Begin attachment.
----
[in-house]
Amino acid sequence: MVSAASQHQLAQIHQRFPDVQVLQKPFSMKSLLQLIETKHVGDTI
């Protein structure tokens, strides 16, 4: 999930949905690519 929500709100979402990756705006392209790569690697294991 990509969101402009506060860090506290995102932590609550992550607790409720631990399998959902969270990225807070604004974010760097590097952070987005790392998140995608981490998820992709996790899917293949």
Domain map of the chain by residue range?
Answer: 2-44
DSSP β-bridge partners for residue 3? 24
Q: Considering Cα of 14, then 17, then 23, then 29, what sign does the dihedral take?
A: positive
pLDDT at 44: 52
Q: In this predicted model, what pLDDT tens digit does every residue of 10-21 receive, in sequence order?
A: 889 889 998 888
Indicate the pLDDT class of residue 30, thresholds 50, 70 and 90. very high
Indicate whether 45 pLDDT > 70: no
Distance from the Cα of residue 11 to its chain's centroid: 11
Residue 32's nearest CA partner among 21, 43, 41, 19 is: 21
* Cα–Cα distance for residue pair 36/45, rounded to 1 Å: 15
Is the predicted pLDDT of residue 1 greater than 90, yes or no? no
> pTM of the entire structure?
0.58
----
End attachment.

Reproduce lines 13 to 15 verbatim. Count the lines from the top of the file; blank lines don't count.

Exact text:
Indicate whether 45 pLDDT > 70: no
Distance from the Cα of residue 11 to its chain's centroid: 11
Residue 32's nearest CA partner among 21, 43, 41, 19 is: 21